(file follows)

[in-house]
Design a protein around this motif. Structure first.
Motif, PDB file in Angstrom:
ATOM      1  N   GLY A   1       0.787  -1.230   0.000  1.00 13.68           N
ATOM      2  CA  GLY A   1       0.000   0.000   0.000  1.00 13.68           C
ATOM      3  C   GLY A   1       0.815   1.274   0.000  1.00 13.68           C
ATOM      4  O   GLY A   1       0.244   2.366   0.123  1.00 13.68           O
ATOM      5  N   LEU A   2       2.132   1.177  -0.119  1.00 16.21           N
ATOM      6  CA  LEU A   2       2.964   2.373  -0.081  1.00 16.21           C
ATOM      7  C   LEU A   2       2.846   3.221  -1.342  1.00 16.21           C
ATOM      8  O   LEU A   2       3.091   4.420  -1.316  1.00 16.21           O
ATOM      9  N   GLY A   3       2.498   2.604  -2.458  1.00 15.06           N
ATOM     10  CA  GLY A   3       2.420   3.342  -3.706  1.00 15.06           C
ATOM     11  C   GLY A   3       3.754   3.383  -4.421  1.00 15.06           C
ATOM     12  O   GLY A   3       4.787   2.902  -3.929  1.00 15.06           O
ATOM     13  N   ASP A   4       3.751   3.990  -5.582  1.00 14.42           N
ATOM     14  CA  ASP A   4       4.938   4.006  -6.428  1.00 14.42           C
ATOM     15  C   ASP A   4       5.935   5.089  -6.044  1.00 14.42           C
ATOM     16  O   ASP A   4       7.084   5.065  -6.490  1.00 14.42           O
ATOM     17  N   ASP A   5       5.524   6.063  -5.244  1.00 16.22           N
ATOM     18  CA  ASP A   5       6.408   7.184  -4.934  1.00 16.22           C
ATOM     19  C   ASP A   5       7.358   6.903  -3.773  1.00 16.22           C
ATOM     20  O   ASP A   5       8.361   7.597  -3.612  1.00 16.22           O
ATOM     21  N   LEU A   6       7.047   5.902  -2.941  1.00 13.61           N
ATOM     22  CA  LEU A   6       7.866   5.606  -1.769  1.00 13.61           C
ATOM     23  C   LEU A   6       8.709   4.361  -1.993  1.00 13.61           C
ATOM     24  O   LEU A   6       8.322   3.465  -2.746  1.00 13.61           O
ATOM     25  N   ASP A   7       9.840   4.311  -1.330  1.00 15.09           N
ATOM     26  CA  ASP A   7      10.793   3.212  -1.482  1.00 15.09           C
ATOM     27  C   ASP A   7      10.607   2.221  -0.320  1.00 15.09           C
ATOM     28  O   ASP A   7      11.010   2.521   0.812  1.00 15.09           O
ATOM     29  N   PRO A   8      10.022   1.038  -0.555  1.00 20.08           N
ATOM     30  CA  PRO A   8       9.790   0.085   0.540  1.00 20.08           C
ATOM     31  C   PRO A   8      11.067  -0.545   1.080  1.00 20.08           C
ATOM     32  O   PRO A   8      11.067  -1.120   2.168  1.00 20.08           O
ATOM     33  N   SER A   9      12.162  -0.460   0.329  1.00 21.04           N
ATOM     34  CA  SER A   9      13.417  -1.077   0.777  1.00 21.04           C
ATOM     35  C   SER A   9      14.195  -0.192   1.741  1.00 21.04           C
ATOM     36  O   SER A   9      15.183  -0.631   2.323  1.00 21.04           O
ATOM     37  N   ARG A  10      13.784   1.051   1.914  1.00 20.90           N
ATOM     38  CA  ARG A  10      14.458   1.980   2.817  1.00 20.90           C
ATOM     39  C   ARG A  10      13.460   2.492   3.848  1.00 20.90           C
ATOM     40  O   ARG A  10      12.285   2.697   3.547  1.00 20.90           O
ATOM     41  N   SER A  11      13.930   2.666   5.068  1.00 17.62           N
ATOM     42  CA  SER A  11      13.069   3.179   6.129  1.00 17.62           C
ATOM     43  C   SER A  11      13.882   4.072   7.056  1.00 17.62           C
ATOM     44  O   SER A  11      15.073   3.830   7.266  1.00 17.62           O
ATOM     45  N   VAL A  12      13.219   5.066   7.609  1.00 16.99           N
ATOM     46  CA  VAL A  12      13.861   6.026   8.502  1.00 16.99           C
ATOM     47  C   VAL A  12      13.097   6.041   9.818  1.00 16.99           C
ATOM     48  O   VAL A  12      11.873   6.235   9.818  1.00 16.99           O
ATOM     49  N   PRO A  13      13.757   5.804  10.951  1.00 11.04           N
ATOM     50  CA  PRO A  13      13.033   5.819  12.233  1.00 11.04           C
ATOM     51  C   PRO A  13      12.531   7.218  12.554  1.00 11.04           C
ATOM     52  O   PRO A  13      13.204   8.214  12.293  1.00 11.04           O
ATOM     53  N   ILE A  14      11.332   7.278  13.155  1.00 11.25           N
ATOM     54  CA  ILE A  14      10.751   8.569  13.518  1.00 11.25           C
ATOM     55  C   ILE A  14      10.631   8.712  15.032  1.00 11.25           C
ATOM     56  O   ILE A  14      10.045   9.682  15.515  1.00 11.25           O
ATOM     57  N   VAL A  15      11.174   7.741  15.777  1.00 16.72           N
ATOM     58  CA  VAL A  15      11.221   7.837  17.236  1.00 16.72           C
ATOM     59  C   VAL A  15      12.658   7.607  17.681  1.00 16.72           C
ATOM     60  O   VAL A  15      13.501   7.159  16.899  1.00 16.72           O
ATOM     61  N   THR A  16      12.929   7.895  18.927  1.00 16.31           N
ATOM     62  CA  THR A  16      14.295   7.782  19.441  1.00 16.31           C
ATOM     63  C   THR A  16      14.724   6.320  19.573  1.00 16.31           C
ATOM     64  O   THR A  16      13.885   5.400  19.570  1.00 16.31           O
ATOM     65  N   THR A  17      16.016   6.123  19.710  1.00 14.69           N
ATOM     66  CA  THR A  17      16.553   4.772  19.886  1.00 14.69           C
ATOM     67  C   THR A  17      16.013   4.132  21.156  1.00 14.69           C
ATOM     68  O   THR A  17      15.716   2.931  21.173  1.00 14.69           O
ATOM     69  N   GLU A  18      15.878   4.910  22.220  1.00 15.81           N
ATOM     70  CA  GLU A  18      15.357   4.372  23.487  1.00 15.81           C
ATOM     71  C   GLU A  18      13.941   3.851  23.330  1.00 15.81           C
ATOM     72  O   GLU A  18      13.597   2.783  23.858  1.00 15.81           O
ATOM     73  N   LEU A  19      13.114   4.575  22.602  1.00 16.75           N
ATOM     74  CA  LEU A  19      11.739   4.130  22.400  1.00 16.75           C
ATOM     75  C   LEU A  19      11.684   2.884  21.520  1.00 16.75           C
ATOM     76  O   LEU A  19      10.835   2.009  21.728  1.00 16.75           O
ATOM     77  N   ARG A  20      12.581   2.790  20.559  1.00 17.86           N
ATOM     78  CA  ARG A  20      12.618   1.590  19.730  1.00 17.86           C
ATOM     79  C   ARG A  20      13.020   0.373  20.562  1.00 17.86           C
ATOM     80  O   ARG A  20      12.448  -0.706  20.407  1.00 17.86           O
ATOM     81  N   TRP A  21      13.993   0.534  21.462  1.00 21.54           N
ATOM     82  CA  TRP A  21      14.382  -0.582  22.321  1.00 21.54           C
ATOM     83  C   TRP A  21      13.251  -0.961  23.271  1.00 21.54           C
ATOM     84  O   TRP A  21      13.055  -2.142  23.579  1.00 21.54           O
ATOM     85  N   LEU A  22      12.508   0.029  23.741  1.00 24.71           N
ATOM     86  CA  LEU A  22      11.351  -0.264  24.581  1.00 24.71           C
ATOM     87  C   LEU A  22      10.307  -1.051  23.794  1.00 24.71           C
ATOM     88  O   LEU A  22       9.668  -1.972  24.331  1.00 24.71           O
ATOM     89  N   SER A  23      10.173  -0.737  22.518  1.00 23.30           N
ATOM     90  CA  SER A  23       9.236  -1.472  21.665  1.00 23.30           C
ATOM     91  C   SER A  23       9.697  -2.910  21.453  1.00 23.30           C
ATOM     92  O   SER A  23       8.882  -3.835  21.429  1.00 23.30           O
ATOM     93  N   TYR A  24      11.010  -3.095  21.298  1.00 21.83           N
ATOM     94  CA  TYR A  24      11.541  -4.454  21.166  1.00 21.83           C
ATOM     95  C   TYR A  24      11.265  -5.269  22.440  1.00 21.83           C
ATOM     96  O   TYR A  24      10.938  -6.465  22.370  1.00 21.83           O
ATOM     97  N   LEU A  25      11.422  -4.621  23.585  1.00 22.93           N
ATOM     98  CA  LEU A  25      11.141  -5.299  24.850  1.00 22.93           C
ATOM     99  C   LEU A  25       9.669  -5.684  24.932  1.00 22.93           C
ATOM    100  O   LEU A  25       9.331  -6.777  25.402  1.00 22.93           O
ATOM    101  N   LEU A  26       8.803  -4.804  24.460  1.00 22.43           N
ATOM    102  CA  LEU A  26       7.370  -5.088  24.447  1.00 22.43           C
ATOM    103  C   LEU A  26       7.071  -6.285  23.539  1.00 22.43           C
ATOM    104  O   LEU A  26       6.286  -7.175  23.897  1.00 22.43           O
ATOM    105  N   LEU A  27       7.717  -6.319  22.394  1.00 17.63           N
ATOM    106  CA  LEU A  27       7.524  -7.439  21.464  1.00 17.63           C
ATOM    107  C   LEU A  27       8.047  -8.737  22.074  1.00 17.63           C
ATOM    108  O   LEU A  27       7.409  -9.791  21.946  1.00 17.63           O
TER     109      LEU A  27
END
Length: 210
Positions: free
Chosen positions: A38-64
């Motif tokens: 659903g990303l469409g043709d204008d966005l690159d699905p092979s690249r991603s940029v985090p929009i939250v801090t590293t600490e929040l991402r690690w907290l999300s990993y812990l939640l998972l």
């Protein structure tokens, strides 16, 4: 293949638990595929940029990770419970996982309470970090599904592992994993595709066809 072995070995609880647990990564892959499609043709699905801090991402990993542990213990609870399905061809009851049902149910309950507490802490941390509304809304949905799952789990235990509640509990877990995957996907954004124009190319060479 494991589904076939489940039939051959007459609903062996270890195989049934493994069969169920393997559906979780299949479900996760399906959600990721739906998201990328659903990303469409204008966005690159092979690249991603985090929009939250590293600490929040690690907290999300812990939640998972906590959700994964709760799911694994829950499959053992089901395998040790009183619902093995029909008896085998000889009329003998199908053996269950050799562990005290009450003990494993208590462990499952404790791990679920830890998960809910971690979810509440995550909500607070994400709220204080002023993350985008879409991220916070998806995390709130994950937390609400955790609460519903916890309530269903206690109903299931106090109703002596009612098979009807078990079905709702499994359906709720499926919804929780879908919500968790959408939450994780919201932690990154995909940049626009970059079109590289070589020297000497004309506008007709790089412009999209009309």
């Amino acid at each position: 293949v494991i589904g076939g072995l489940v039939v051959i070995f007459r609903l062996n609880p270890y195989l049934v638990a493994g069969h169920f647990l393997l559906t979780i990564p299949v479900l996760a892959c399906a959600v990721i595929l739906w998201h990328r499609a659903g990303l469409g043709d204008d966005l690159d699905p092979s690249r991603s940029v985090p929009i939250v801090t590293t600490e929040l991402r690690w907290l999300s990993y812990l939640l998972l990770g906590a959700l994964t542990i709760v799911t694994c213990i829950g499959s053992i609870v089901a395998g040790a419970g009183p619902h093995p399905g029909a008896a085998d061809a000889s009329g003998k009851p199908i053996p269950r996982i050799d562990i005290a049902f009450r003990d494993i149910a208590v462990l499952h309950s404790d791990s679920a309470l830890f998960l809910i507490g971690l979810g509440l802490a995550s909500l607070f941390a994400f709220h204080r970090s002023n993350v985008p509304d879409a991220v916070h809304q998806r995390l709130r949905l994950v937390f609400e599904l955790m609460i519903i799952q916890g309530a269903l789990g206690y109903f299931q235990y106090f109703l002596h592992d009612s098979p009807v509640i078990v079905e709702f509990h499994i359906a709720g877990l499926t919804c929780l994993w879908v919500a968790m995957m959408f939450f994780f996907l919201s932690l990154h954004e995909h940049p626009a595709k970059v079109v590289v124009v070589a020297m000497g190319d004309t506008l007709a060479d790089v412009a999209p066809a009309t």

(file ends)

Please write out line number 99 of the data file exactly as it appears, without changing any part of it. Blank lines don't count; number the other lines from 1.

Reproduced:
ATOM     96  O   TYR A  24      10.938  -6.465  22.370  1.00 21.83           O